In an interview with St. Louis Business Journal, Larry Chapman, CEO of Seneca CRE, talks about what it will take to revitalize St. Louis as well as some of the steps he himself is taking to do so. The COVID-19 pandemic and other events of the last few months have caused him to move from larger and more ambitious ventures to ones more closely tailored to the needs of the St. Louis community.
After a long and successful career in commercial real estate, Chapman founded Seneca CRE in 2019 with an explicitly community focused goal, as stated on the official website, “Seneca will undertake complex transactions supporting the growth of the St. Louis region as its primary focus.” In the past he had worked developing warehouses and office space across the United States. His latest project? A 9 Mile Garden in the Inner Ring suburb of Affton Plaza.
Chapman finds inspiration in the freedom his current position provides. “[W]hat always has excited me about my business is, I get to make it up as I go along. I literally get up every morning and make up what I’m going to do for a living. And that part is just fun. I like it,” Chapman said. The food-truck garden is latest manifestation of this bold approach to development. He thinks the local community responds very well to fresh, authentic projects like that.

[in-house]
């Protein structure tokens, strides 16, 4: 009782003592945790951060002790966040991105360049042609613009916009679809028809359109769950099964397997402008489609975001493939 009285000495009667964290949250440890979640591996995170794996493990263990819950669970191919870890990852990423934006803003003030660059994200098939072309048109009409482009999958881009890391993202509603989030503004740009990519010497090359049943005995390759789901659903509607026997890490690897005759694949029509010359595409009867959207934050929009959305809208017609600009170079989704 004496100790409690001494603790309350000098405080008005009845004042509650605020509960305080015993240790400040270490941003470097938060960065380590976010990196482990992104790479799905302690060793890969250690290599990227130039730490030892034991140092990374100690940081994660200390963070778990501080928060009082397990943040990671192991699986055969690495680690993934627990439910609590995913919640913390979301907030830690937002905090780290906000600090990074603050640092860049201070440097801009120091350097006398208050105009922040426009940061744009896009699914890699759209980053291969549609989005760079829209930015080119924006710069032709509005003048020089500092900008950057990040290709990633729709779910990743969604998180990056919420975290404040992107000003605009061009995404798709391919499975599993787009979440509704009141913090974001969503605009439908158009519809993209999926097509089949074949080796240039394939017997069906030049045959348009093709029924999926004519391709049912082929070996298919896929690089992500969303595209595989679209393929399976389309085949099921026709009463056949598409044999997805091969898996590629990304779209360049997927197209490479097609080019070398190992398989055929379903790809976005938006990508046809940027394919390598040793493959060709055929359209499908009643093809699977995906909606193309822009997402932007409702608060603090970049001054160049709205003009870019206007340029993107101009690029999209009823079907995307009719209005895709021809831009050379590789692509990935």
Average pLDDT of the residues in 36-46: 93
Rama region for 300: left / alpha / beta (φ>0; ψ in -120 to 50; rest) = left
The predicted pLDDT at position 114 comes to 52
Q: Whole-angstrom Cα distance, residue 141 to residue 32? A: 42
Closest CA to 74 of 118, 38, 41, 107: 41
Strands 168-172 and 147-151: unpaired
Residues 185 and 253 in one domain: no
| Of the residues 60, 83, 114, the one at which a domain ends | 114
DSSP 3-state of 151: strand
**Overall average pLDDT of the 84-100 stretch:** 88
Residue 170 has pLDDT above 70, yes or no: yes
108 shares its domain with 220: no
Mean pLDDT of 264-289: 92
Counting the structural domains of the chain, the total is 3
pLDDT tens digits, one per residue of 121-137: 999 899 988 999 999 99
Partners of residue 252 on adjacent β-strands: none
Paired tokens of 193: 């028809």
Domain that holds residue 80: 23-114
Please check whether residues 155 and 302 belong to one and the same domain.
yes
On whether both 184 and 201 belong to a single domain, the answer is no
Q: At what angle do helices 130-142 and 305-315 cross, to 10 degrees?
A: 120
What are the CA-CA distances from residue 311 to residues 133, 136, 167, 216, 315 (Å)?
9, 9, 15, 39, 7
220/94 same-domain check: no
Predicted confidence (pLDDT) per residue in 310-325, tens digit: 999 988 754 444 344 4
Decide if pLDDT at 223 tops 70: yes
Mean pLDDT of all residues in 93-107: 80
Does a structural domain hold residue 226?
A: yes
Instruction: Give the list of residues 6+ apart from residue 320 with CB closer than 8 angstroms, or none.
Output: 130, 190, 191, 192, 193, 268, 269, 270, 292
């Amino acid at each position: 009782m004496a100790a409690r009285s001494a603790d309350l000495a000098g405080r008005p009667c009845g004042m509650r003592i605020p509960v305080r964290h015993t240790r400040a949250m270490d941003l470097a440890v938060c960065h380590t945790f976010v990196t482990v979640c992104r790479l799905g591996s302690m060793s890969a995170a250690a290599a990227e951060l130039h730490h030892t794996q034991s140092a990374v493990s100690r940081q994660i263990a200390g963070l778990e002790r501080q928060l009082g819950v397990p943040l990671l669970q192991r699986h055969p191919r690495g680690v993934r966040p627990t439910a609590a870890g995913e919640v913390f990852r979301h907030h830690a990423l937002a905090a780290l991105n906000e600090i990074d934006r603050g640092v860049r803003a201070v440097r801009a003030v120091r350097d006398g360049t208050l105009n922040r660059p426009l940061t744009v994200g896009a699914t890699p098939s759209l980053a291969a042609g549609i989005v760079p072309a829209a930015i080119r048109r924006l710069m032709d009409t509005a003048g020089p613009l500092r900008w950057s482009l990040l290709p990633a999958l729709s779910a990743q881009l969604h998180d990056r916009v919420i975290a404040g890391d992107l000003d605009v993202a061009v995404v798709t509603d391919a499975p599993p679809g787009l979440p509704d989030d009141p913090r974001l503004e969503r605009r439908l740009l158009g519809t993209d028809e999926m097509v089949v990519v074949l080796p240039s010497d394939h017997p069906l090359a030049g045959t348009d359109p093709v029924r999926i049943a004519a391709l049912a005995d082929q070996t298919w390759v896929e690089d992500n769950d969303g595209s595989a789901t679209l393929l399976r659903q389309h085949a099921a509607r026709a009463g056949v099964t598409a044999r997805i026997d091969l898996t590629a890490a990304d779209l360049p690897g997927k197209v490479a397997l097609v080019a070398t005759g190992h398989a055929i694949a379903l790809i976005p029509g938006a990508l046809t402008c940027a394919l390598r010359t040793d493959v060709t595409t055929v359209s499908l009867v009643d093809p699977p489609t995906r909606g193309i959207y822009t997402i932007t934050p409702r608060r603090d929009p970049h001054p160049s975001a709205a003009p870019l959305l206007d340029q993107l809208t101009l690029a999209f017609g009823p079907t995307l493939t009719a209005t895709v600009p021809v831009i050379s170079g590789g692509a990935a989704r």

While Chapman believes that crime rates are definitely slowing down development and revitalization Downtown, there are even more fundamental forces at work. In many cities, business leaders take huge and ambitious risks. Some of this “craziness” is lacking in St. Louis, Chapman says: “Everybody here is more about being safe than they are about doing bold things. As long as that’s the case, then you aren’t going to see a lot. I tell leaders all the time, just do things boldly. People won’t remember how crazy it sounded if it’s successful.”
One thing he has focused on with Seneca CRE is mid-level projects that are highly flexible and suited to the local community and environment. This lines up with his whole philosophy of life and business. An avid reader, Chapman explains it this way, “My philosophy is, read about things that are interesting and unrelated to your business, and it’ll make you and your business better every day. I spend most of my time reading science magazines. Because in the process, I have to think about things differently. And that new thinking process helps me with my business. So I would tell you don’t read more about your subject, read about something else and I promise you your brain will fill in the blanks.”